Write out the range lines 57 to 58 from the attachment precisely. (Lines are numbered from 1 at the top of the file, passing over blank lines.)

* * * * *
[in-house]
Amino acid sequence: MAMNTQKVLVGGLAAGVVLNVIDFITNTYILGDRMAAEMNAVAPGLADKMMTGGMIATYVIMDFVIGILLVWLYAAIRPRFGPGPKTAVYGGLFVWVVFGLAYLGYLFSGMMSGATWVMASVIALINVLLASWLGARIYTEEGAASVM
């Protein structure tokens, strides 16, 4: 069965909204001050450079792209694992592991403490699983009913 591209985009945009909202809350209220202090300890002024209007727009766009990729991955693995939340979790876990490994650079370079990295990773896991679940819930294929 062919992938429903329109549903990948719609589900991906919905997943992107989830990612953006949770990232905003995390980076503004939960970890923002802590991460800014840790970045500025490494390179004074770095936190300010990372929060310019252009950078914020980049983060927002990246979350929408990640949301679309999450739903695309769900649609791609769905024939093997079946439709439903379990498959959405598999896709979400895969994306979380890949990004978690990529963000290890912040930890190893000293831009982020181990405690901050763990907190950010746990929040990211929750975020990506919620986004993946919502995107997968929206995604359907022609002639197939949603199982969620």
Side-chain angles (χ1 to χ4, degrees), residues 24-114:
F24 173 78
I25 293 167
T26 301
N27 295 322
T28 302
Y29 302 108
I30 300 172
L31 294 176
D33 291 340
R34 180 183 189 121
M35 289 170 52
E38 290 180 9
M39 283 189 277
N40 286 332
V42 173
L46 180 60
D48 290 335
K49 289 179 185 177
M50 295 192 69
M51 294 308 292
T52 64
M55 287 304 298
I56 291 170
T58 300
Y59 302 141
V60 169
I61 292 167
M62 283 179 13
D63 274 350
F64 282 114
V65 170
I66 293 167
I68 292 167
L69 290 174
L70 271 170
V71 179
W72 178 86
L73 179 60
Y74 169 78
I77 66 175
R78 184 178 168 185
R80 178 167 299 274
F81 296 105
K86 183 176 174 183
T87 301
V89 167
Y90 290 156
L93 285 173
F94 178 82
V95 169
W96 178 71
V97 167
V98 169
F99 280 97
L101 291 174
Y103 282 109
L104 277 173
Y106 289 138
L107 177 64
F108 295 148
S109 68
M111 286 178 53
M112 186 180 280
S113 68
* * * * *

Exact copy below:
V98 169
F99 280 97